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- Five fishing lakes in the Blackmore Vale - carp of up to 40lbs
- Butchery on site selling local meat and chicken
- On the edge of a 60-acre wood
Angling for some serious fishing? The five fishing lakes (including three specimen carp lakes) at Coking Farm Fishery in Dorset’s Blackmore Vale will have you hooked: as well as carp, there's catfish, tench, bream and roach to land, with some of the bigger carp weighing in at nearly 40lbs: take a look at the Coking Farm photos for some monster catches. (Please be aware that fishing is very strictly catch and release and all fishery rules must be adhered to).
If you want to sample some fresh Dorset produce from the campsite, a butchery on site sells local meats; chicken and (occasionally) duck eggs and preserves can usually be picked up too. You'll find sheep, Kunekune pigs, ducks and chickens wandering about too, so please keep your pup on a lead at all times.
Coking Farm has a generous four-acre field where you can park next to your pitch and borrow a firepit if you choose. Off-site, there's a One Stop shop at the local garage in West Stour, where you can pick up all the essentials. The site is also just four miles from the best local supermarket, Dykes, in Stalbridge (which does an excellent cooked breakfast).
The pitches at Coking Farm Fishery are set beside the 60 acres of Fifehead Wood to wander around too. If you manage to put down the fishing rod, that is...
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Basic but all you require
stephanie h. Confirmed
Pleasant camp site.
Nathan L. Confirmed
Tranquil and serene
Tina H. Confirmed
Spacious pitch, showers were clean, if not a bit basic, ...
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Leisure on park
Bar or club house
Indoor swimming pool
Outdoor swimming pool
Amenities on park
Ice pack freezing
Parent & baby washroom
Pick-up from public transport
Propane/gas cylinders available
Touring and motorhomes
Gray water hook-up for RVs/trailers
Water hook-up points for tourers
Barbecue grills allowed
Commercial vehicles allowed
Dogs allowed all year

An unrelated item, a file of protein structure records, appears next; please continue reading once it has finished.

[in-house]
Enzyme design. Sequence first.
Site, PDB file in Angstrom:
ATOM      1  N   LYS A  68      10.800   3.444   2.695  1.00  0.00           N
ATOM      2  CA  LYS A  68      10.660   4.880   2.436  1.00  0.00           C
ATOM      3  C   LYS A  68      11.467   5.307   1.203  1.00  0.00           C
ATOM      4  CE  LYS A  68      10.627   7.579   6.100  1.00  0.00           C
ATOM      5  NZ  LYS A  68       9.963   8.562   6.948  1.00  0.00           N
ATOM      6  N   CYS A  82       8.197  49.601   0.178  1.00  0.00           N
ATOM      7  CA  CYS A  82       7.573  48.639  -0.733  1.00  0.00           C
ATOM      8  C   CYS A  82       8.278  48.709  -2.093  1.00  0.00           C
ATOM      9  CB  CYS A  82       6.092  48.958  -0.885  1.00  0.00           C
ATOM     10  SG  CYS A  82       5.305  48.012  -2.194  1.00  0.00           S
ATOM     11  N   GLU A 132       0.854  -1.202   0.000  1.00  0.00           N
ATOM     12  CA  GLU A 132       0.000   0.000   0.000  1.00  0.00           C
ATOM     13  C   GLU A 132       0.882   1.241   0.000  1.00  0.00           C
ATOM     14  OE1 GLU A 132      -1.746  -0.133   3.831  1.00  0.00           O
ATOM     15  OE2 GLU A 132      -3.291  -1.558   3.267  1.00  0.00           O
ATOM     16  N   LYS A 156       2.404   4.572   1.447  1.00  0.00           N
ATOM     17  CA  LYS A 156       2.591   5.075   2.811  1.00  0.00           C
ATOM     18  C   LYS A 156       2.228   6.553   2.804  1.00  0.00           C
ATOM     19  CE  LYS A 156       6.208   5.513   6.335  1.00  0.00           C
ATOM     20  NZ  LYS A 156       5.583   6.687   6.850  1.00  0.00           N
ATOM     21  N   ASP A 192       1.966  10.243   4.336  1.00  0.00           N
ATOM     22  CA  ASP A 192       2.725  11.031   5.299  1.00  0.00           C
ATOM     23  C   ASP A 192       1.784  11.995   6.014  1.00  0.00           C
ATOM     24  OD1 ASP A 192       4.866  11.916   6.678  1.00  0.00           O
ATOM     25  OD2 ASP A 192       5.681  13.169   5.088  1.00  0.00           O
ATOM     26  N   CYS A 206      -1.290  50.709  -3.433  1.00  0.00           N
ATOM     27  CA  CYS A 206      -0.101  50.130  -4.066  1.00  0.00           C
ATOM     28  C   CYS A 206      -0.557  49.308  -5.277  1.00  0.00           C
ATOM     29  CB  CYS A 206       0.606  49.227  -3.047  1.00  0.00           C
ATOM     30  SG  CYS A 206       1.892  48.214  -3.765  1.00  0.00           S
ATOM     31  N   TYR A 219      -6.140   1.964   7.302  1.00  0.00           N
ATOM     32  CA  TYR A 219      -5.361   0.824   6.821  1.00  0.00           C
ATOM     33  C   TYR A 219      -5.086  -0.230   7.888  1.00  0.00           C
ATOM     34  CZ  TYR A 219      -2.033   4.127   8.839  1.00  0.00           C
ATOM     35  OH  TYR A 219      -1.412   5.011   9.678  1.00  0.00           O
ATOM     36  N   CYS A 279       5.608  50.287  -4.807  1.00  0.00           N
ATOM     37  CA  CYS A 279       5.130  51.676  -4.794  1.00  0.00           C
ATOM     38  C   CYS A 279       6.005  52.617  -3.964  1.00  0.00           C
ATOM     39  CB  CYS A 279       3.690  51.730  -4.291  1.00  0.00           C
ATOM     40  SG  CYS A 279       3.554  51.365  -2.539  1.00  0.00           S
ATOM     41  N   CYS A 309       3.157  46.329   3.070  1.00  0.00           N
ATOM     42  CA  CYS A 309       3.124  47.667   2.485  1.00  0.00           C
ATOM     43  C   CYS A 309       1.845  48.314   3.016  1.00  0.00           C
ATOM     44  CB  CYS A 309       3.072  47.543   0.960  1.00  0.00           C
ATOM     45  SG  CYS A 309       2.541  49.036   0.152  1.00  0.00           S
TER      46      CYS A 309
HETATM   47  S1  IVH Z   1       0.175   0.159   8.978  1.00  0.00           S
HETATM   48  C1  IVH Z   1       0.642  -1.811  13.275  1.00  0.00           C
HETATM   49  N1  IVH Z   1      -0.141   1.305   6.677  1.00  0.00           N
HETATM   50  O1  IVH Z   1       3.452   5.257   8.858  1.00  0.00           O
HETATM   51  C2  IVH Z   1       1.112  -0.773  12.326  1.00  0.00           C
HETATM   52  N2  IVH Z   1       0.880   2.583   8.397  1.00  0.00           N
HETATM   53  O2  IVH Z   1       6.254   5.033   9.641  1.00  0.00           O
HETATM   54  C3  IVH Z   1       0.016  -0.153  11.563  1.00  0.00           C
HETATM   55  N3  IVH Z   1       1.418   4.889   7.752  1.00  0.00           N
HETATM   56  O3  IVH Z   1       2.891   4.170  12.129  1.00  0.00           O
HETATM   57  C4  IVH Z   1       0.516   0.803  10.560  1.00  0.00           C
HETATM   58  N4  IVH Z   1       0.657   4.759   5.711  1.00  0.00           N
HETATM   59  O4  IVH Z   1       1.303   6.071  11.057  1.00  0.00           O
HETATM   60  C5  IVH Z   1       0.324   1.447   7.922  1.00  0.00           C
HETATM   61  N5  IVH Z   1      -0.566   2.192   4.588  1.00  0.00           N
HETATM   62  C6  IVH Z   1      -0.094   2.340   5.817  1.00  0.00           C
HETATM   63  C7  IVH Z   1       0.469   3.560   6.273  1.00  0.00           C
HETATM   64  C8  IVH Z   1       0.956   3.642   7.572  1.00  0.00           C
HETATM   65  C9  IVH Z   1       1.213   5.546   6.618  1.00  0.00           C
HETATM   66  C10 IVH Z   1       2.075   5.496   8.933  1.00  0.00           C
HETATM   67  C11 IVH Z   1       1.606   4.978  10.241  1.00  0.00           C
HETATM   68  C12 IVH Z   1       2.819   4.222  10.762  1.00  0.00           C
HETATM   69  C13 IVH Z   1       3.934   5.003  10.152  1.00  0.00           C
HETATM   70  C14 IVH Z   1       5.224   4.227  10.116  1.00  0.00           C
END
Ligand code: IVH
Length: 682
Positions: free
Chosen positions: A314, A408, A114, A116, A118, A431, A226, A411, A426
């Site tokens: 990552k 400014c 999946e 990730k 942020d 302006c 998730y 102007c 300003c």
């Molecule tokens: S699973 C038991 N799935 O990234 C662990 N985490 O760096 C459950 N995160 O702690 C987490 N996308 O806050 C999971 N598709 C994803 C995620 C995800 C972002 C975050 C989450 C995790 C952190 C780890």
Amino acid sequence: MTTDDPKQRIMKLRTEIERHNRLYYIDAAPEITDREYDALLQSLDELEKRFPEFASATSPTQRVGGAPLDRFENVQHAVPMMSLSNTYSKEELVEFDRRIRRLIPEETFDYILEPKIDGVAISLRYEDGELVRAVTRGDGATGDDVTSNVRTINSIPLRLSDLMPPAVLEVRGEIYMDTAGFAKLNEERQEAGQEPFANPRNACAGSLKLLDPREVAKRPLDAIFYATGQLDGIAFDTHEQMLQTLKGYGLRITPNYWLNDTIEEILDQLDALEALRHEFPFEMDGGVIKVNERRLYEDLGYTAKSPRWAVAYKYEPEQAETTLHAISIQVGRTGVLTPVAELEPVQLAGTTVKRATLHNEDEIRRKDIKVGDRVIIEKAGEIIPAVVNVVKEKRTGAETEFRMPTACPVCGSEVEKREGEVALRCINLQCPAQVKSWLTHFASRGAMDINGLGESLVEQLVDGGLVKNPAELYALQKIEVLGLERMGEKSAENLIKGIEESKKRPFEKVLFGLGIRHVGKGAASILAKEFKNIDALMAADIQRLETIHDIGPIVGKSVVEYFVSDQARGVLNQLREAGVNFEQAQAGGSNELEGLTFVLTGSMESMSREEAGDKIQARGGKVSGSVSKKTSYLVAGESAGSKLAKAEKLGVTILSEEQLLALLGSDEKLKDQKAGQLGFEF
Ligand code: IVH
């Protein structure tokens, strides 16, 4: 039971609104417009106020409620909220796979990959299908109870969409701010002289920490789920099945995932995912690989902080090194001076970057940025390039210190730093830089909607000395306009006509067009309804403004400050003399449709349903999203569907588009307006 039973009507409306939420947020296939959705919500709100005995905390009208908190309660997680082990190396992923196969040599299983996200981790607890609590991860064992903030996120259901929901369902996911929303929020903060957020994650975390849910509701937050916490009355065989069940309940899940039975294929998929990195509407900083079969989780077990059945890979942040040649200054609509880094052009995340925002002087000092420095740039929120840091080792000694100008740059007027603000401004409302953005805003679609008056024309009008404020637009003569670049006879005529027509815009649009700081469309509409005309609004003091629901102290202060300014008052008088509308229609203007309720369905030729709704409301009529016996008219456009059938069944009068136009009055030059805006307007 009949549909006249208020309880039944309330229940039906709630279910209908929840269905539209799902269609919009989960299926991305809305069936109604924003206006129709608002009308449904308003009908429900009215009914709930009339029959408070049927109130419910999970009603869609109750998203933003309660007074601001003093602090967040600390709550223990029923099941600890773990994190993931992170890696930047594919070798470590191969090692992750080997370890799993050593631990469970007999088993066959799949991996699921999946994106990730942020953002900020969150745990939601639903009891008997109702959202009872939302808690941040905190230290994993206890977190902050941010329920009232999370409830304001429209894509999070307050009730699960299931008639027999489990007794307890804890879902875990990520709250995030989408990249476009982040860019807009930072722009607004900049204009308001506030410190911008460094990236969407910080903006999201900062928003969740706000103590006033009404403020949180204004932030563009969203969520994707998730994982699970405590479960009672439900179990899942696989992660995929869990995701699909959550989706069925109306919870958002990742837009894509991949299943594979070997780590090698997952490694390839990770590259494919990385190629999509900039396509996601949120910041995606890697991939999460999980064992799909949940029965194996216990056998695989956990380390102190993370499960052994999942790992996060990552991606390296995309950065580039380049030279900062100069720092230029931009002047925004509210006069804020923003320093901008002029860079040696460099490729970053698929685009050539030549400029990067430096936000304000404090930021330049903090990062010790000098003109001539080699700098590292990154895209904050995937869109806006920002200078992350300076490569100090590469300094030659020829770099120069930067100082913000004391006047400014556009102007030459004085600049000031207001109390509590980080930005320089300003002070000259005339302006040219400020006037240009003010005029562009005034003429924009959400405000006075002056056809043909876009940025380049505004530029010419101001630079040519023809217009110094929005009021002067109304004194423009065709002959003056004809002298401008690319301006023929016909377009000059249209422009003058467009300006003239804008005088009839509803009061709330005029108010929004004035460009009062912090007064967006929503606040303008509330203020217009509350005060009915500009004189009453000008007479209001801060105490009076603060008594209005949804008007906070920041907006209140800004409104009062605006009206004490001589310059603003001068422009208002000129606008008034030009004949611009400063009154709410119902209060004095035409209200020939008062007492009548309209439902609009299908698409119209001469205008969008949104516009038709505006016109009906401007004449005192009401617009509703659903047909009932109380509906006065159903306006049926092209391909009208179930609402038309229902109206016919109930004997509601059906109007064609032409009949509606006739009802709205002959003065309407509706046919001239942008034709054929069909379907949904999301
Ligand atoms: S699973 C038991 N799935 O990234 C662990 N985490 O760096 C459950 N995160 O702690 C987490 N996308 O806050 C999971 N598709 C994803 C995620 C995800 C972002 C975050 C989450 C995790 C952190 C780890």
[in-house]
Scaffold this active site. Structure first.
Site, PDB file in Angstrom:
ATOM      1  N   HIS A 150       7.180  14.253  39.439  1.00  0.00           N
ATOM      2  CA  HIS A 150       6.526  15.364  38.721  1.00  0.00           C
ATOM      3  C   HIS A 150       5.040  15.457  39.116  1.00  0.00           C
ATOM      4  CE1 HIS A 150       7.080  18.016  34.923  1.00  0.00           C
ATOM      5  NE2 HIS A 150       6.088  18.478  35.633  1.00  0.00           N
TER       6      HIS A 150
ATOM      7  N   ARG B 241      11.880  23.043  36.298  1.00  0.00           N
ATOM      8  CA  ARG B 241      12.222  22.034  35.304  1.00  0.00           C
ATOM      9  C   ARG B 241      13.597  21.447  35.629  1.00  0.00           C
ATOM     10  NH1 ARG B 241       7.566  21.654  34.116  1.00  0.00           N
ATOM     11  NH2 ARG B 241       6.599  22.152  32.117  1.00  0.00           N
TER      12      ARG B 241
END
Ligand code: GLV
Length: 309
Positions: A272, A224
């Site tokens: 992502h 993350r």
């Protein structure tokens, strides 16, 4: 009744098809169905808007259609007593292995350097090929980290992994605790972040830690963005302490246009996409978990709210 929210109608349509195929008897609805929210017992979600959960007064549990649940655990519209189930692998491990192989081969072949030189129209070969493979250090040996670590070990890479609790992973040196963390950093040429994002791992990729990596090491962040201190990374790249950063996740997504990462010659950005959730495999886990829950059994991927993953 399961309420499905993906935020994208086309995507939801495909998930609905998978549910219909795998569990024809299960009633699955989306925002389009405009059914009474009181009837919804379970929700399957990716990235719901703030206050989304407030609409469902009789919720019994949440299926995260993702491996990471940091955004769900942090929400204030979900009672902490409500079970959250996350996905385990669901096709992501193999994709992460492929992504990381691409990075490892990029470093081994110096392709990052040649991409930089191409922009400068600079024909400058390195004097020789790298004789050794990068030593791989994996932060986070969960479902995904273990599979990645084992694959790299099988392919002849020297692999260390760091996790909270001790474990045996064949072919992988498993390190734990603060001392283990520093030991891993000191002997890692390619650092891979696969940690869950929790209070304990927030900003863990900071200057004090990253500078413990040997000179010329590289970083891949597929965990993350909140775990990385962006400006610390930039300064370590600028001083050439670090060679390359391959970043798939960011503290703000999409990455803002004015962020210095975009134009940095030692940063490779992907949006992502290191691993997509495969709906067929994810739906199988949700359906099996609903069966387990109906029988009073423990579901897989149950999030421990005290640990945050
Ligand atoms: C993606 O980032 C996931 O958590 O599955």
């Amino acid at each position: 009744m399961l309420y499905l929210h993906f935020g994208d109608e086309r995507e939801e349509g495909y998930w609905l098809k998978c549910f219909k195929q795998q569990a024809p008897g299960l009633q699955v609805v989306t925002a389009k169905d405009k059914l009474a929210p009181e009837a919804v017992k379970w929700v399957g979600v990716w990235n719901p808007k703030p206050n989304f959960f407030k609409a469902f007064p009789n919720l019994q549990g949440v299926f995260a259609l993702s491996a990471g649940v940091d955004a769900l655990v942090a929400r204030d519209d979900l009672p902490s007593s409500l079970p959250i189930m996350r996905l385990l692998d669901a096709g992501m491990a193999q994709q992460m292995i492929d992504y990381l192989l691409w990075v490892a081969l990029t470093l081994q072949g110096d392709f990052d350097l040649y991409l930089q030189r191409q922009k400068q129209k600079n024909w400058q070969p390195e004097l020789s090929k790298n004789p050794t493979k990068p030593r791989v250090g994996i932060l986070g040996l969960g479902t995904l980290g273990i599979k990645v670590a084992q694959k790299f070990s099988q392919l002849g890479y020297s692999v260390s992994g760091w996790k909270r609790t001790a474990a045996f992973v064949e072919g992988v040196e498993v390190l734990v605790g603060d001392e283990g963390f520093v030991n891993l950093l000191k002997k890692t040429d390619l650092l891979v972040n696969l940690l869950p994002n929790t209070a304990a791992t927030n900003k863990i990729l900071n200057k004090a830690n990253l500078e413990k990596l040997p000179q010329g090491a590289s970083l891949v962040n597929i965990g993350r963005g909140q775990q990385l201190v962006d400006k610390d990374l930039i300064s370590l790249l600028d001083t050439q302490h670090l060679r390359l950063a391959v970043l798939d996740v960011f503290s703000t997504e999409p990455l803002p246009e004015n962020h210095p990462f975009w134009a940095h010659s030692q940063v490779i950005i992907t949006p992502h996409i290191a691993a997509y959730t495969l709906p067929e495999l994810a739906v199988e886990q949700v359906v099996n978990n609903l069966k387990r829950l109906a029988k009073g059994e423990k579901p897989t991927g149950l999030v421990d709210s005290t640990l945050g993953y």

Single-sex groups welcome
Student groups welcome
Convenience store nearby
Nearby farmers' market
Medium (26-50 sites)
- Coach stations
Henstridge (Somerset): Virginia Ash Coach Stop
— 2.9 miles
2.9 miles Wincanton: Memorial Hall Coach Stop — 5.4 miles
5.4 miles Milborne Port: Coach Stop — 5.7 miles
- Train stations
Templecombe Rail Station
— 3.6 miles
3.6 miles Gillingham (Dorset) Rail Station — 4.0 miles
4.0 miles Sherborne Rail Station — 8.4 miles
- Ferry ports
Poole Ferry Terminal
— 24.7 miles
24.7 miles Poole Quay Ferry Landing — 24.7 miles
24.7 miles Brownsea Island Ferry Landing — 26.8 miles
Bournemouth International Airport
— 26.6 miles
From Shaftesbury, take the A30 towards Sherborne for 7 miles. Our driveway is on the left, approximately 1 mile after the Ship Inn at West Stour. The campsite is signposted.
From Sherborne, take the A30 towards Shaftesbury and Salisbury. Our driveway is approximately 2 miles on the right after the traffic light controlled crossroads (over the river Cale and just beyond the large picnic layby).
From the A303, either take the A350 to Shaftesbury, or the A357 from Wincanton, and onto the A30 as above.
Once you’ve finished checking out all the other fishing in the area – there’s quite a bit – this part of Dorset is sublime for scenery and walks.
Ascending out of Blackmoor Vale, the setting for the start of Hardy’s Tess of the D’Urbervilles, is the Woodland Trust-managed Duncliffe Wood, or you could drive for about an hour to get to the pristine World Heritage Site of the Jurassic Coast for cliff walks, beaches and yet more fishing.
If you’re a two-wheeler type, a mighty challenge is to bike up Gold Hill in nearby Shaftesbury, which the tired-legged Hovis boy pushed his bike up in the TV ad; Shaftesbury is one of the highest towns in the country, as he could no doubt tell you, and overlooks Blackmore Vale for whimsical painting of the parts you hiked the day before.
There are several other historic Dorset towns and villages nearby: Sherborne with its Walter Raleigh-built castle and medieval buildings; Cerne Abbas with a giant naked man on its hillside and Stalbridge, where Douglas Adams wrote most of The Hitchhiker's Guide to the Galaxy.
Keeping up the Dorset literary theme, a visit to the county town of Dorchester is a must for more Thomas Hardy connections: his home in town is now managed by the National Trust and Dorchester and the surrounding area was the inspiration for much of his work.
Several museums are in town too: if this all sounds a bit too grown-up, the Dinosaur Museum and the Dorset Teddy Bear Museum should regress you to childhood nicely.
- Stourhead House and Garden (8.0 miles)
- Haynes International Motor Museum (10.2 miles)
- Fleet Air Arm Museum (13.3 miles)
- Stourhead (7.8 miles)
- Lytes Cary Manor (15.0 miles)
Find local routes on the National Cycle Network - over 12,000 miles of cycling routes.